On January, 17, 2020, smaller rivals such as PopSockets, Basecamp, Sonos, and Tile testified to the the House antitrust subcommittee about how they have been bullied by big tech giants such as Google, Apple, Facebook, and Amazon and called for swift action.
According to the New York Times, the smaller rivals, which have largely been publicly quiet until the hearing, finally stepped up to the plate and sounded off on big tech at a hearing in Boulder, Colorado. The Congressional subcommittee heard stories of technology giants wielding their massive footprints and platforms as weapons, allegedly copying smaller competitors’ features or tweaking their algorithms in ways that stifle competition.
The pleas for regulatory relief resonated with lawmakers, led by Rep. David N. Cicilline (Democrat – Rhode Island), the chairman of the House’s antitrust subcommittee. Cicilline noted that “it has become clear these firms have tremendous power as gatekeepers to shape and control commerce online.”
The federal antitrust agencies continue their emphasis on investigating, challenging, and unwinding consummated transactions that are not reportable under the Hart Scott Rodino (“HSR”) Act.
Most recently, on November 6, 2019, the Federal Trade Commission (“FTC”) issued an Opinion and Final Order in which the Commission upheld the Administrative Law Judge’s (“ALJ”) decision that Otto Bock HealthCare North America, Inc.’s (“Otto Bock”) acquisition of FIH Group Holdings, LLC (“Freedom”) was anticompetitive and that Otto Bock must divest Freedom’s entire business with the limited exceptions granted by the ALJ. The Commission’s order was approved by all five commissioners and continues the trend of unwinding consummated acquisitions that are deemed to be anticompetitive.
Accordingly, buyers must be aware of the risks of closing a non-reportable transaction that eliminates competition. Here are a couple of points to keep in mind:
On September 12, 2019, a coalition of unions, consumer groups, and public interest organizations filed a letter with the U.S. Federal Trade Commission (“FTC”) opposing AbbVie Inc.’s (“AbbVie”) acquisition of Allergan plc (“Allergan”).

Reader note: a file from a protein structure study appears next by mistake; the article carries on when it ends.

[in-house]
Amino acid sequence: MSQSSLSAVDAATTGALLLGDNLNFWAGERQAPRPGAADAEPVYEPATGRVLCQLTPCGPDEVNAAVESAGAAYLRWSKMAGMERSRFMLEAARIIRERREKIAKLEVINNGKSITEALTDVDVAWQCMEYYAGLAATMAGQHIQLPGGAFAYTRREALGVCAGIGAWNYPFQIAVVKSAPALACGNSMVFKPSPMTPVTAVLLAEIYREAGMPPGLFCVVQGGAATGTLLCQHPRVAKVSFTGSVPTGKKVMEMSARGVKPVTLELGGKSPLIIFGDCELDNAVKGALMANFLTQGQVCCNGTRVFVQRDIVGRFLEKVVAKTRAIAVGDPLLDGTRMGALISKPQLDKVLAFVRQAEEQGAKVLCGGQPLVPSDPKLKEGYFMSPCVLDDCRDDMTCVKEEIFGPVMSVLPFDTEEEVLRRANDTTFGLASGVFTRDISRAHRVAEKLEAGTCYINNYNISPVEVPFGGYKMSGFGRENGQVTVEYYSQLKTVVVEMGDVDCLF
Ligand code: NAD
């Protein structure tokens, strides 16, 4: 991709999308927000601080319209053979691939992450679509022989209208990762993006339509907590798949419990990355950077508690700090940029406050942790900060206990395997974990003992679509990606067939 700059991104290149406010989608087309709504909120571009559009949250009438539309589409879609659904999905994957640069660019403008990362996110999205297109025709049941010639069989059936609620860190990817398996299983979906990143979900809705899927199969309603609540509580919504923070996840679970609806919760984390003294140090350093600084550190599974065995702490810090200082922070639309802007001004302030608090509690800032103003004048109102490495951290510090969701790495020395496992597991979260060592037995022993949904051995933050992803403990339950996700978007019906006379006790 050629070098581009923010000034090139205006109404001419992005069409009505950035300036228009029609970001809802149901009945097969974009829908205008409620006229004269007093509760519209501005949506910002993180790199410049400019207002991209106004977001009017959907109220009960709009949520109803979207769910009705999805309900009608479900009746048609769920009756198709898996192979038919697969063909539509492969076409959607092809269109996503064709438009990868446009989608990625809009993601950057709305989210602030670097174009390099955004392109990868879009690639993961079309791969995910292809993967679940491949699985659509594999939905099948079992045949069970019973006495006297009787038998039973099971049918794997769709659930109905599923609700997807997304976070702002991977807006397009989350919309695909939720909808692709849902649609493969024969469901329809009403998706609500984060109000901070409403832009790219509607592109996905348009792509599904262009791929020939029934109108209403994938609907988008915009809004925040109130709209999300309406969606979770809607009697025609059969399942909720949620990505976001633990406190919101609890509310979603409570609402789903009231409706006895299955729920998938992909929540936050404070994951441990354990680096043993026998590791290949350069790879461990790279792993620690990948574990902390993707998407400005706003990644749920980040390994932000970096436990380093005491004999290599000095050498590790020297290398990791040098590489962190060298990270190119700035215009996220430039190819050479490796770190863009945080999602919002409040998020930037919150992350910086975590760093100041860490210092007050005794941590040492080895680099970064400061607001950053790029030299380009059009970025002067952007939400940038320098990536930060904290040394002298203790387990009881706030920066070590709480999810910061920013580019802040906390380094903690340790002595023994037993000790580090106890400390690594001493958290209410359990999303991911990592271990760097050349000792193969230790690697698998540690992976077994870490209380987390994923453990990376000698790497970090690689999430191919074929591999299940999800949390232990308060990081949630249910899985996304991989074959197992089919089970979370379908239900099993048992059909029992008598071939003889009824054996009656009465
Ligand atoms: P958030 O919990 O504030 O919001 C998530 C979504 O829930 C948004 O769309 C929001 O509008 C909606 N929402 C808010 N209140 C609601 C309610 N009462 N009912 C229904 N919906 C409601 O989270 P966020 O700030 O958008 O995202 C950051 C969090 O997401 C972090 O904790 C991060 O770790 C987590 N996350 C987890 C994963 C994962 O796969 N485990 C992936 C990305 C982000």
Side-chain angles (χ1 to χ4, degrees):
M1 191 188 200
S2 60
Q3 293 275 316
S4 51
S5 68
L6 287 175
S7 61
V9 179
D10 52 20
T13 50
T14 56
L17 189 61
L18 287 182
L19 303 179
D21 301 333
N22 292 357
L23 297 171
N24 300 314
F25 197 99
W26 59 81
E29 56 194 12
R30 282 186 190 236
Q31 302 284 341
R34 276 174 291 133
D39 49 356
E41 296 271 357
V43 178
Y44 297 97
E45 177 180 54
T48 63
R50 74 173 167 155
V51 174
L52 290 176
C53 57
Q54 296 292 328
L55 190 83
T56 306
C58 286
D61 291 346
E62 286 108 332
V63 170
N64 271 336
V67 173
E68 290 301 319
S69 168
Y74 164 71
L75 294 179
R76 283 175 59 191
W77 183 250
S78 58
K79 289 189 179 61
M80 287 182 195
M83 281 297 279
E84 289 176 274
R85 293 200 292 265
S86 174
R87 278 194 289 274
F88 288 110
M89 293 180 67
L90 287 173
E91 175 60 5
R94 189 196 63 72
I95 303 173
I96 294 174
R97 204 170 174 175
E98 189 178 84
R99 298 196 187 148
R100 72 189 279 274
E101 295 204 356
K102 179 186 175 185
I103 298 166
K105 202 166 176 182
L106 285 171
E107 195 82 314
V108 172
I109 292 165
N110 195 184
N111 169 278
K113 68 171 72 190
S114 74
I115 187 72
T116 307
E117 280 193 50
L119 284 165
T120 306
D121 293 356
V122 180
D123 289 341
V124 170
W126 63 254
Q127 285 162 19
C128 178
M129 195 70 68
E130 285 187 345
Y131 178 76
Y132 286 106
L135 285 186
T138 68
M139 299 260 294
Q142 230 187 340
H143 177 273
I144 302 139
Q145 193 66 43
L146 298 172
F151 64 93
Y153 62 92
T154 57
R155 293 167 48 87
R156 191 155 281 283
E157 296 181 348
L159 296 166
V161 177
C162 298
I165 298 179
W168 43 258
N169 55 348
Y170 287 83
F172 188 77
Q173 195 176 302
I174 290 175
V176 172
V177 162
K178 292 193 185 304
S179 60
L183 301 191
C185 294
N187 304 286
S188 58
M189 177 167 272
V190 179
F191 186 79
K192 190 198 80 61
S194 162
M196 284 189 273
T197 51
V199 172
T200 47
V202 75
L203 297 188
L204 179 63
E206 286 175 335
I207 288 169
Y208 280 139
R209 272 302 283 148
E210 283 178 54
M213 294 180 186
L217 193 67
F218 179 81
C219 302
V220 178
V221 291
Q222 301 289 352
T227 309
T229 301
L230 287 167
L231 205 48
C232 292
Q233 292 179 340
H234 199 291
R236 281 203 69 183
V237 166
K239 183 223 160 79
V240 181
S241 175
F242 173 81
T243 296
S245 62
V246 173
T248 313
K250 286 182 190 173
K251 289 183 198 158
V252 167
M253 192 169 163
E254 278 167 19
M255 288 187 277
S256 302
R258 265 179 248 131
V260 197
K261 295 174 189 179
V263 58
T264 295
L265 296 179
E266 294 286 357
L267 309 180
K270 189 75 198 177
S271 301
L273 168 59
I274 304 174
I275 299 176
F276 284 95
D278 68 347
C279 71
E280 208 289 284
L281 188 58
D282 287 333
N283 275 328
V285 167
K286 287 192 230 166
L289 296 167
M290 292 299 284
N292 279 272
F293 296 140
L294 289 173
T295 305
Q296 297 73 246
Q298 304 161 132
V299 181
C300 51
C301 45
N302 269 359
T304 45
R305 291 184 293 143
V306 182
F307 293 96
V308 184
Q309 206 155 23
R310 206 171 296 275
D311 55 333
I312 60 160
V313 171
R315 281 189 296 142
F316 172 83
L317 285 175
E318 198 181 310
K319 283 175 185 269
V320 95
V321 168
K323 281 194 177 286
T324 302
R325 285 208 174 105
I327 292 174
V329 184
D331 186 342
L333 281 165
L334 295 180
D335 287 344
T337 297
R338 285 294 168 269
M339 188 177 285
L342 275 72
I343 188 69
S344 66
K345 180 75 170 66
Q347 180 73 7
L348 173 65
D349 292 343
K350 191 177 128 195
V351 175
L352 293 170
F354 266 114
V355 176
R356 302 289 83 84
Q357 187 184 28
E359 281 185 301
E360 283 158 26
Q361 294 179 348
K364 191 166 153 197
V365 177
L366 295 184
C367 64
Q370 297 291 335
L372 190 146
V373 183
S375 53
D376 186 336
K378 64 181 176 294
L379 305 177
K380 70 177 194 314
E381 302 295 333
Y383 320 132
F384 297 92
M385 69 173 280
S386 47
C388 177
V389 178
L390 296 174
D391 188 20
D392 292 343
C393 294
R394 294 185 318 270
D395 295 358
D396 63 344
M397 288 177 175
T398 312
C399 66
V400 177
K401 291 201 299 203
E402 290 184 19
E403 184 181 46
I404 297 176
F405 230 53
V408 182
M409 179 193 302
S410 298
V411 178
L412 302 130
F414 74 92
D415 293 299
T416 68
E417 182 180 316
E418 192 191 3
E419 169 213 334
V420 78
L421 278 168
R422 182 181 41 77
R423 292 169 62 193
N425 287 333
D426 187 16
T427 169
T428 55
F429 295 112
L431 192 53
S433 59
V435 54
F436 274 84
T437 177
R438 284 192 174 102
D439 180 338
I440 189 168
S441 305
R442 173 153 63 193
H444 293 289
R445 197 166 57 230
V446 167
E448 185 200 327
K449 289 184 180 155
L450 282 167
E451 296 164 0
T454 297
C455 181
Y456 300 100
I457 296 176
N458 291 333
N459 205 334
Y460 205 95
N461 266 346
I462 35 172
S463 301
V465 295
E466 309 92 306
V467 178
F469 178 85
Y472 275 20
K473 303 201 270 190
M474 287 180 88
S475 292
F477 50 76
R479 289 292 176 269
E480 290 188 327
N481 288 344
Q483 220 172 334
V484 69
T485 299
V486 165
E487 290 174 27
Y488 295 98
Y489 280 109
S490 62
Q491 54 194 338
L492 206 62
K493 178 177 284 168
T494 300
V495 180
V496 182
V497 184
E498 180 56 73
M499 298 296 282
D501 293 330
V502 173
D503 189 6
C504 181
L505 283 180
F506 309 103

Coalition Opposing the Merger
The coalition includes Families USA, Public Citizen, U.S. PIRG Education Fund, Service Employees International Union, American Federation of State, County, and Municipal Employees, UNITE HERE, Consumer Action, American Federation of Teachers, Alliance for Retired Americans, American Family Voices, Doctors for America, End AIDS Now, Prescription Justice, Social Security Works, the Other 98, Treatment Action Group, and NextGen California. It is asking the FTC to conduct a thorough investigation and to block the merger if the facts support it and a remedy cannot be devised to restore competition. The coalition highlights the competitive problems arising from continued consolidation in the pharmaceutical industry and requests that the FTC include in its investigation ongoing anticompetitive conduct by the parties, such as the use of rebate walls, which will have an even more profound anticompetitive effect if this merger is consolidated, as well as past abuse of the patent system.
Commentators all over the spectrum have recognized antitrust is increasingly becoming a game of political football.
The notion that antitrust enforcement is motivated by politics has hung over the Trump administration since the Department of Justice’s failed attempt to block AT&T’s acquisition of CNN’s owner, Time Warner and some antitrust experts might point out that the Obama administration also influenced the DOJ’s decisions to sue or settle cases.
While politics has always played a role in setting the antitrust agenda, typically antitrust investigations and enforcement decisions are based on the facts. Indeed, there is no credible evidence that the big tech firms have engaged in unlawful monopolization or that they have stifled innovation. In fact, Iowa’s Attorney General Tom Miller, who is well known for his role of leading 20 states in the DOJ’s antitrust suit against Microsoft, said this past July that “[w]e are struggling with the law and the theory,” to bring a case against the big tech firms.